Difference #4: Automation
DevOps: DevOps helps provide faster feedback about code through a continuous integration (CI) pipeline. It takes care of test automation but also builds the software for certain platforms, creating artifacts. A CI tool can execute tests in parallel, which makes test execution much faster than doing so locally on an engineer’s laptop.
In short, DevOps is concerned with process automation related to the development and deployment phase.
SRE: SRE professionals focus on automating processes related to scaling and measuring the system’s health. This means they mostly focus on automating processes related to post-deployment. For example, an SRE professional might aggregate information in a dashboard about the server’s health, monitoring memory usage and CPU allocation. Also, as mentioned previously, application performance management helps the SRE aggregate logs and make them more discoverable.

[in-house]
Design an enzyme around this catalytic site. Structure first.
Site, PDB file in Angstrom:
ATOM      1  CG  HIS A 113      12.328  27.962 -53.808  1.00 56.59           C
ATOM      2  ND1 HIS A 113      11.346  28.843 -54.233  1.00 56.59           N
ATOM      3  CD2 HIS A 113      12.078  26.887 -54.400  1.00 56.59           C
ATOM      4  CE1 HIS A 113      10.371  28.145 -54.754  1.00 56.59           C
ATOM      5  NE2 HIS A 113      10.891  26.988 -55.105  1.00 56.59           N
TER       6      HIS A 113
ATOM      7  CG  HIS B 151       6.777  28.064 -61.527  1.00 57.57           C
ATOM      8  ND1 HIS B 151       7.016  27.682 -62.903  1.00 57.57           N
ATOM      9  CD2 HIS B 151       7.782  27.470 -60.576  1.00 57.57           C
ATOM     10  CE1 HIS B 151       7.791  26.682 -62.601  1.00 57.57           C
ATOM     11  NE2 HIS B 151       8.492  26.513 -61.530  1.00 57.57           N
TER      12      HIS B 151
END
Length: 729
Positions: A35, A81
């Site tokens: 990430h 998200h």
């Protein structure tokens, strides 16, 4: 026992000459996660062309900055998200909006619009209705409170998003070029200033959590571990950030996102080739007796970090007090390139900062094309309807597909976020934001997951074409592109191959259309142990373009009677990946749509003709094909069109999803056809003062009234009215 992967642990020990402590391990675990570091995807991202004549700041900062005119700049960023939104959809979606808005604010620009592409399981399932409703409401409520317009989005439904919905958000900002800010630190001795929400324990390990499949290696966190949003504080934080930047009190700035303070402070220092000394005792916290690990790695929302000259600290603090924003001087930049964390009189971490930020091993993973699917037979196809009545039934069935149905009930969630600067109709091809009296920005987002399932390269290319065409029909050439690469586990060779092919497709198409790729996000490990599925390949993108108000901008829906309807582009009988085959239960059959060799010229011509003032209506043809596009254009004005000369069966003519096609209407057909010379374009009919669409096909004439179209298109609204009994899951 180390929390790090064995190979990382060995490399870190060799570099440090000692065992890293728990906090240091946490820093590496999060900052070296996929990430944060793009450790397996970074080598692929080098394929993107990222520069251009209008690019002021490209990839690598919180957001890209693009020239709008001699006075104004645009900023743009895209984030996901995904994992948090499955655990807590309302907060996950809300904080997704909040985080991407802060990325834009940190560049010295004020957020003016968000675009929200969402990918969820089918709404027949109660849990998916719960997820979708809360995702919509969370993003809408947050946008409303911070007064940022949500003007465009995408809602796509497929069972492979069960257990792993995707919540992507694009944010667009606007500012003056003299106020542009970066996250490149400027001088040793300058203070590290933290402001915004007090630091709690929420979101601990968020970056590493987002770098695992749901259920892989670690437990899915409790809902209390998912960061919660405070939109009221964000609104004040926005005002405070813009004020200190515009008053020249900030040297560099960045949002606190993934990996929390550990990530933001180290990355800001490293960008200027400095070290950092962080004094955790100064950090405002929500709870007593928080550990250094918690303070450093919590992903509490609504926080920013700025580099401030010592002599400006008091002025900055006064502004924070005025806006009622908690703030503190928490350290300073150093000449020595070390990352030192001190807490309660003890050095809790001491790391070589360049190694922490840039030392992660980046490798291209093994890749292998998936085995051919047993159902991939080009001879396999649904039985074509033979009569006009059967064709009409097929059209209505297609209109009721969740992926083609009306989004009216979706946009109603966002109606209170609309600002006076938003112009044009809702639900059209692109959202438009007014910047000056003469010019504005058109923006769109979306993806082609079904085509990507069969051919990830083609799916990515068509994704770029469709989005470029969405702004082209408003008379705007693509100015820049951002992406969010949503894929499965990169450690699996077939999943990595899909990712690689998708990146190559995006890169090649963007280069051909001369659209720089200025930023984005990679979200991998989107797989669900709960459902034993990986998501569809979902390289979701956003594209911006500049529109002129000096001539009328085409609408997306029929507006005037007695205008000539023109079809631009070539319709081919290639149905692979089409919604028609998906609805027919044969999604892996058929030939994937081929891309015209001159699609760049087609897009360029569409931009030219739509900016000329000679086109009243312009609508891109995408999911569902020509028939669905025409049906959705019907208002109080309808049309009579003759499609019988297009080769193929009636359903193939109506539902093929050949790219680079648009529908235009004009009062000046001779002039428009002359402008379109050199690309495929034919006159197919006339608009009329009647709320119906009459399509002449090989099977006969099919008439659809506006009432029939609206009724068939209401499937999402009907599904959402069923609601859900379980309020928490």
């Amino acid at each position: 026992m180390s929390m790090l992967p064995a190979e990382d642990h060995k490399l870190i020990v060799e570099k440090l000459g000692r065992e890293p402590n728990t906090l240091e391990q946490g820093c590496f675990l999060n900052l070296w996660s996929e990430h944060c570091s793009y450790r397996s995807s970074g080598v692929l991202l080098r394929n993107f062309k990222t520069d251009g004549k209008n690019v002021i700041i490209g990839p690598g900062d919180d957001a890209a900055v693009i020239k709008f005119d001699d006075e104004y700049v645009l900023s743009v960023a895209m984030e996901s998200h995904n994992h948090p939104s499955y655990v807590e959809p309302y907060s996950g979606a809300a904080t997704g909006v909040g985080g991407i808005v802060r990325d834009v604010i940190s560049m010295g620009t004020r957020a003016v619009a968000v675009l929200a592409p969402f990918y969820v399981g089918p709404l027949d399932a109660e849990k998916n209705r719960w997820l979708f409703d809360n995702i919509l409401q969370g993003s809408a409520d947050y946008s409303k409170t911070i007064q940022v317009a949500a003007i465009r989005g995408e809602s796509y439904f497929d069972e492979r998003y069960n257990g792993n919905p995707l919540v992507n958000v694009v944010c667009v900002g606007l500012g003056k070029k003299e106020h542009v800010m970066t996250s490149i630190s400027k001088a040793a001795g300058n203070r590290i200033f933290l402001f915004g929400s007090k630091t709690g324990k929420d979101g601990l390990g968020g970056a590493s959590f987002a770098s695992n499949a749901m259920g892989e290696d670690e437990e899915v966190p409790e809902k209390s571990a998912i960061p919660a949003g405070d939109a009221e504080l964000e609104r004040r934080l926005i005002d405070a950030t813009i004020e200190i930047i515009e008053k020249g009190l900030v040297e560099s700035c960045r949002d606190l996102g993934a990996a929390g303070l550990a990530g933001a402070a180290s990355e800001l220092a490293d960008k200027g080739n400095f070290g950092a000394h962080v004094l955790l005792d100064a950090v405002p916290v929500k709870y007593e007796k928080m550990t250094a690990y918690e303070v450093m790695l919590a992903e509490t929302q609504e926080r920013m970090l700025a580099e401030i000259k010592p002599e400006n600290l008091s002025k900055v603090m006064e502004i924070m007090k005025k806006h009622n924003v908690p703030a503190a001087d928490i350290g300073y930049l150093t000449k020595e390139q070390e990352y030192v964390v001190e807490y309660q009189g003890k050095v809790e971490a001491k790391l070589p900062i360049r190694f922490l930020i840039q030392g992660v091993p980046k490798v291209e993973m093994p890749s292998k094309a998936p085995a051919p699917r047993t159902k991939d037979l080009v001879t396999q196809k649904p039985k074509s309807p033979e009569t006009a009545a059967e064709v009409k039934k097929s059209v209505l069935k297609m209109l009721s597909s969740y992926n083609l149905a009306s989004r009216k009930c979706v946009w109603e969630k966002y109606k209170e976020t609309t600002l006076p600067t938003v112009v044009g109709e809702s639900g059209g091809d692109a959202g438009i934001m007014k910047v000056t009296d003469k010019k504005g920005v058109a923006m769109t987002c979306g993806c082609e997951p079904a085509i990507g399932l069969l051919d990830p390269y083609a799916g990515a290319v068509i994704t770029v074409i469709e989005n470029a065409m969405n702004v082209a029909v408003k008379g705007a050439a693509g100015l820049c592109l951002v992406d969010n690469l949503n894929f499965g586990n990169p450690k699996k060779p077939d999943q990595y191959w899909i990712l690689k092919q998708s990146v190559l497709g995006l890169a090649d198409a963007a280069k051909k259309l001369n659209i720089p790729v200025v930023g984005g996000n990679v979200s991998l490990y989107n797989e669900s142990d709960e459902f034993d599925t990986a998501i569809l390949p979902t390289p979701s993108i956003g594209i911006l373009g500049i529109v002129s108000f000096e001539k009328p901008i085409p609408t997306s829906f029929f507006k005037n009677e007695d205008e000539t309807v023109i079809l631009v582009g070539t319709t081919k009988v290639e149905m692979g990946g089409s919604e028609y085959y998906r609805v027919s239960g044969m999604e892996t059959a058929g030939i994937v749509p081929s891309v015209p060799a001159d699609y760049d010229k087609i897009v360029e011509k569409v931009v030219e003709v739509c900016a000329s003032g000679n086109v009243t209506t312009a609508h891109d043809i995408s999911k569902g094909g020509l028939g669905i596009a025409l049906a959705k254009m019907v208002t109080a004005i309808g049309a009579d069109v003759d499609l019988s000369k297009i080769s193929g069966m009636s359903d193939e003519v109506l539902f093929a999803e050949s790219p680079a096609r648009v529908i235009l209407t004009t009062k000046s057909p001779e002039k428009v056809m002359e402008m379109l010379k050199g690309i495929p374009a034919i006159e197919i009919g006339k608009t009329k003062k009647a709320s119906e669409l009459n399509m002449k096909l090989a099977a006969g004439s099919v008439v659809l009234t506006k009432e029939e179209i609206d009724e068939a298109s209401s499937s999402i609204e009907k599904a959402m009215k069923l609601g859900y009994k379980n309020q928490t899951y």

In brief, an SRE collects data about running services so he or she can quickly solve issues in case of a system crash. Therefore, automation is also a key aspect to improve processes and automate these tasks.
Difference #5: Dealing With Bugs and Application Failures
DevOps: DevOps lacks a deep understanding of the code. In case of an error, the DevOps engineer can roll back the code to a previous minor version to restore service. The DevOps engineer wants to minimize the impact of an issue and restore service as soon as possible. After that, the development team should investigate and fix the issue. (This article describes ways your DevOps may be failing.)